News & Events


Electronic/Photonic Chip Sandwich Pushes Boundaries of Computing and Data Transmission Efficiency


Engineers at Caltech and the University of Southampton in England have collaboratively designed an electronics chip integrated with a photonics chip (which uses light to transfer data)—creating a cohesive final product capable of transmitting information at ultrahigh speed while generating minimal heat. [Caltech story]

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Pranav Kulkarni Wins First Place Paper at 2022 Asilomar Conference


Pranav Kulkarni, Graduate Student in Electrical Engineering, has received First Place for his paper coauthored with Professor P. P. Vaidyanathan, titled "Rational Arrays for DOA Estimation: New Insights and Performance Evaluation" at the 2022 IEEE Asilomar Conference on Signals, Systems, and Computers.

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High-speed Camera Captures Signals Traveling Through Nerve Cells


Scientists have developed a new ultrafast camera that can record footage of impulses as they travel through nerve cells. The camera technology, known as differentially enhanced compressed ultrafast photography (Diff-CUP), was developed in the lab of Lihong Wang, Bren Professor of Medical Engineering and Electrical Engineering; Andrew and Peggy Cherng Medical Engineering Leadership Chair; Executive Officer for Medical Engineering. "Seeing nerve signals is fundamental to our scientific understanding but has not yet been achieved owing to the lack of speed and sensitivity provided by existing imaging methods," Wang says. [Caltech story]

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Laser Light Offers New Tool for Treating Bone Cancer


Of the many ways to treat cancer, the oldest, and maybe most tried and true, is surgery. The goal is to remove all of the cancerous tissue while preserving as much of the surrounding healthy material as possible. "It's very hard to grow bone, so if you cut out bone, you basically lose it," says Lihong Wang, Bren Professor of Medical Engineering and Electrical Engineering; Andrew and Peggy Cherng Medical Engineering Leadership Chair; Executive Officer for Medical Engineering. A new diagnostic imaging technology developed by researchers at Caltech is offering surgeons the ability to make cuts 10 times more precisely, allowing them to preserve as much as 1,000 times more healthy tissue and to give patients easier recoveries. [Caltech story]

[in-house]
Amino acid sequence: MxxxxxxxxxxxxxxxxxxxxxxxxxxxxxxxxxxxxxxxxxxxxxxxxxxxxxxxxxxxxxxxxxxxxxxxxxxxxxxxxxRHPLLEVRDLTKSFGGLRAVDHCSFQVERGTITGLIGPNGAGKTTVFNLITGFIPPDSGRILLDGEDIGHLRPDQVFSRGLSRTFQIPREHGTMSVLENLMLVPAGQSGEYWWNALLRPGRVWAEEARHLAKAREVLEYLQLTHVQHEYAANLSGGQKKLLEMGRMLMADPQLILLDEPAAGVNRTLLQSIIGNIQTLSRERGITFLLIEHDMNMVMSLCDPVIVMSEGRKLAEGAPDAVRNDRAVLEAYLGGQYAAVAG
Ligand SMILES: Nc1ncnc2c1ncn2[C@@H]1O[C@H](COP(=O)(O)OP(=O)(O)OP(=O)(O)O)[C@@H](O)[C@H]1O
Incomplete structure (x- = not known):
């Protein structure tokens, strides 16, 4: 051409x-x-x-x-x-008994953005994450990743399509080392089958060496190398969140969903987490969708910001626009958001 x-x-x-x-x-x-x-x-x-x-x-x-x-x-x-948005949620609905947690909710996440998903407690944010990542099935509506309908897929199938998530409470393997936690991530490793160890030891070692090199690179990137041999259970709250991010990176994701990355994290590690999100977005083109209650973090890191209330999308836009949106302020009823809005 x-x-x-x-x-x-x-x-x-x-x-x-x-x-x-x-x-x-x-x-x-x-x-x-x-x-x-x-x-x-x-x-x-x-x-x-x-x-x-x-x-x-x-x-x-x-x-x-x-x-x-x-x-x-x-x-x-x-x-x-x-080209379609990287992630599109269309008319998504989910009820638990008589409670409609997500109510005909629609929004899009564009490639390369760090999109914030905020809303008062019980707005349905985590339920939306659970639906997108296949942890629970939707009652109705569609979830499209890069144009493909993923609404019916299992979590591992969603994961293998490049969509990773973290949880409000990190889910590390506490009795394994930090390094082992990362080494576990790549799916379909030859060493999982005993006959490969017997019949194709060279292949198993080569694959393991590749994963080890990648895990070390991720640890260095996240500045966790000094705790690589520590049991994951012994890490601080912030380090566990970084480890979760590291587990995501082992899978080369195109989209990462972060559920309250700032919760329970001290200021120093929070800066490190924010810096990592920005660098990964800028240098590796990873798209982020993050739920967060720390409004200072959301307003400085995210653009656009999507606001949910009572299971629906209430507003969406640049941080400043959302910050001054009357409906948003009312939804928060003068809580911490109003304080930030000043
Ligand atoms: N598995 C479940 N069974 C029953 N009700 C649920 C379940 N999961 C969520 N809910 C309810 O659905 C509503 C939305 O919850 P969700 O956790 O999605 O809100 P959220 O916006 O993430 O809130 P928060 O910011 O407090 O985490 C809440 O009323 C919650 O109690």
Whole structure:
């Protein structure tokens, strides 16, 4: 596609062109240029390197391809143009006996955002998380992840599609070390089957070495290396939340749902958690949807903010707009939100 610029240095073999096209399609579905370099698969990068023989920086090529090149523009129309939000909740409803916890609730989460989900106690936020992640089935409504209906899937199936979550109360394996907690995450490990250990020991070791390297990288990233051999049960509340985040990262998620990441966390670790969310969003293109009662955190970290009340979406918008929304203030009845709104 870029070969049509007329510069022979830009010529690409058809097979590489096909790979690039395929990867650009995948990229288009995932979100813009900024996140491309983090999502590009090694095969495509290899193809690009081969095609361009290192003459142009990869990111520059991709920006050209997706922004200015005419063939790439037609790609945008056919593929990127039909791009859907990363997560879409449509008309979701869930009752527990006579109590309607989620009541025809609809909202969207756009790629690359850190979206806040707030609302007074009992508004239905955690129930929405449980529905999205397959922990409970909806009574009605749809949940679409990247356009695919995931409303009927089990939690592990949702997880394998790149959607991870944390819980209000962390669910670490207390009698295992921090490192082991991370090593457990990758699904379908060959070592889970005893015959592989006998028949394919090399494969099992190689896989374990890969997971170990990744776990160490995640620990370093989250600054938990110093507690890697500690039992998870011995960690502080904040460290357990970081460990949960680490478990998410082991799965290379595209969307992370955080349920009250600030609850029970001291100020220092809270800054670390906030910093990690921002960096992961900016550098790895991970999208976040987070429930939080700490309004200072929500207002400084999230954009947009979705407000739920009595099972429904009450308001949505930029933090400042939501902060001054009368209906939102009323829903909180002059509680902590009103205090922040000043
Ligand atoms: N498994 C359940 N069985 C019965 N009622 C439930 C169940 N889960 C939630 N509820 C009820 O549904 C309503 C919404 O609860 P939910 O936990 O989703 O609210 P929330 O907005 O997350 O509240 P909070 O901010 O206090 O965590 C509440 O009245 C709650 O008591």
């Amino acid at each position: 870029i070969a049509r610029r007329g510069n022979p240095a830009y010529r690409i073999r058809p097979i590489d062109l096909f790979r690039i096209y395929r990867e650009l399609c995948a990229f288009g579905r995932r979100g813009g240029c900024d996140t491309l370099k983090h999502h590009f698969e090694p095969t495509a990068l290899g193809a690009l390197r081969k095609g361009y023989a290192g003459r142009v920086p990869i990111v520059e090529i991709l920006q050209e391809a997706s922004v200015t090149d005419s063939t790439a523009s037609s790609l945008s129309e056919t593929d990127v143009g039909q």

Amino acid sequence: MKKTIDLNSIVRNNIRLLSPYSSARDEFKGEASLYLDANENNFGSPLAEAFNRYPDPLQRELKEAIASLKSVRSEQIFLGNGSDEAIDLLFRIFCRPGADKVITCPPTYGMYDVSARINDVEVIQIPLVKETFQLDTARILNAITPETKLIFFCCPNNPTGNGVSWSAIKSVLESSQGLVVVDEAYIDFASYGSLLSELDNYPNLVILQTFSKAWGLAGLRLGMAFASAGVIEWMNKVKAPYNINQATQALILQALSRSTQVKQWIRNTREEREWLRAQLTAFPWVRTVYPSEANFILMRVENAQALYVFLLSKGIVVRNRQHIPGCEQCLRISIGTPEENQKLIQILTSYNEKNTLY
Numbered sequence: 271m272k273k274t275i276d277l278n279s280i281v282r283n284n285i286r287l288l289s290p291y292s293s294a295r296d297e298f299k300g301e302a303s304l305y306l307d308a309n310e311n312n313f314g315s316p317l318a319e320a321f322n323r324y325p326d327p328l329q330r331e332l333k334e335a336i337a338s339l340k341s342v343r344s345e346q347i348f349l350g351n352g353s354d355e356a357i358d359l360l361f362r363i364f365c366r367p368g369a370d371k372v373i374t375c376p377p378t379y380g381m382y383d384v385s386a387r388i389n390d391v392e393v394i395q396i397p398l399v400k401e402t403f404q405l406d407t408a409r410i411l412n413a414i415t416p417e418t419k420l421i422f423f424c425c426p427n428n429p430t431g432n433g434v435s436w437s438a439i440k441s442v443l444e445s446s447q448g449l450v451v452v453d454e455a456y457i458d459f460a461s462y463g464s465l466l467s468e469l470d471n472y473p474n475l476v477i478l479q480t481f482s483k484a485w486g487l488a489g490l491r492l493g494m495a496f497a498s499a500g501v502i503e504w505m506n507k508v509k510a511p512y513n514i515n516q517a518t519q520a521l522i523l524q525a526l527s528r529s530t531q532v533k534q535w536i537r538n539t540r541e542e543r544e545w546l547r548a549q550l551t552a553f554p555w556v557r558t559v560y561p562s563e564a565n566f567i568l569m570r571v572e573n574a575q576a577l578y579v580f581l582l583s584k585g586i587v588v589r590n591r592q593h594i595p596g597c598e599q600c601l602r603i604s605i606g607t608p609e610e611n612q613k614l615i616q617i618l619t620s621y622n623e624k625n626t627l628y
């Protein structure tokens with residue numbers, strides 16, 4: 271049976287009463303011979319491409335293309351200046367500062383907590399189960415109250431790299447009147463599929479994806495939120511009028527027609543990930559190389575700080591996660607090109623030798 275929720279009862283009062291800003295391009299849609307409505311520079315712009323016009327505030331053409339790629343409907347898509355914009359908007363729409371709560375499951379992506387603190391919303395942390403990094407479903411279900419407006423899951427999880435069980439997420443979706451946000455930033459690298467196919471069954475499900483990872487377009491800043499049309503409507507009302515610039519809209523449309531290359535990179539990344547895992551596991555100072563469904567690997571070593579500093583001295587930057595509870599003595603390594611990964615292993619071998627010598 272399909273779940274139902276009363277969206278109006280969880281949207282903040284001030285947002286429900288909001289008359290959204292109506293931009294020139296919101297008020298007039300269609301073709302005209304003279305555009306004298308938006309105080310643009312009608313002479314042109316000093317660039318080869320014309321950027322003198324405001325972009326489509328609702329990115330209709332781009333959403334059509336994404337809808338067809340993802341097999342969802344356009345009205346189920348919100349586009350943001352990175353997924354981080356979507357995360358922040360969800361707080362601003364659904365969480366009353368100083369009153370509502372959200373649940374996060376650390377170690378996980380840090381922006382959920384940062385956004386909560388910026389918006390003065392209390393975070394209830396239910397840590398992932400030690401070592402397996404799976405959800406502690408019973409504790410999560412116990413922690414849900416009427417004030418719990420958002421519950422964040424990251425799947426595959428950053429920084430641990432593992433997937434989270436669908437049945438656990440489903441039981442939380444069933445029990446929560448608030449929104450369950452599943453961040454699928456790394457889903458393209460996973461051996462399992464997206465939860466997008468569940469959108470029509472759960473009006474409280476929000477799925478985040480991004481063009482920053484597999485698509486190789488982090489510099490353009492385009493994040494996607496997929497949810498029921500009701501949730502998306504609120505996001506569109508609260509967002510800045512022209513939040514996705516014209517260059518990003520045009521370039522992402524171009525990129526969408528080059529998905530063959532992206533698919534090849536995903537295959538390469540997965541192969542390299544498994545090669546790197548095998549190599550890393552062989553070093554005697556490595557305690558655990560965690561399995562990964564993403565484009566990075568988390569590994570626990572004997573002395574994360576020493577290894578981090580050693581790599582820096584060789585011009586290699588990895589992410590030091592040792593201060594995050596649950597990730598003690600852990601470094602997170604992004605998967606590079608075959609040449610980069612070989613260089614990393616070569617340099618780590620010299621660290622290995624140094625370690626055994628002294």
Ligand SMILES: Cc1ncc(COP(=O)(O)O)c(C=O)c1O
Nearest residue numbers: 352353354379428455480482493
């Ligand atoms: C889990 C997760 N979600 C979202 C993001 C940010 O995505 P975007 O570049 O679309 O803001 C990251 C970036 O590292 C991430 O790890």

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New Photonic Chip "Squeezes" More out of Light


Electronic computing and communications have come a very long way since the days of radio telegraphy and vacuum tubes, with consumer devices now containing levels of processing power and memory that would be unimaginable just a few decades ago. "The quality of the quantum states we have achieved surpasses the requirements for quantum information processing, which used to be the territory of bulky experimental setups," says Alireza Marandi, Assistant Professor of Electrical Engineering and Applied Physics. [Caltech story]

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Ask a Caltech Expert: Yaser Abu-Mostafa on AI and Finance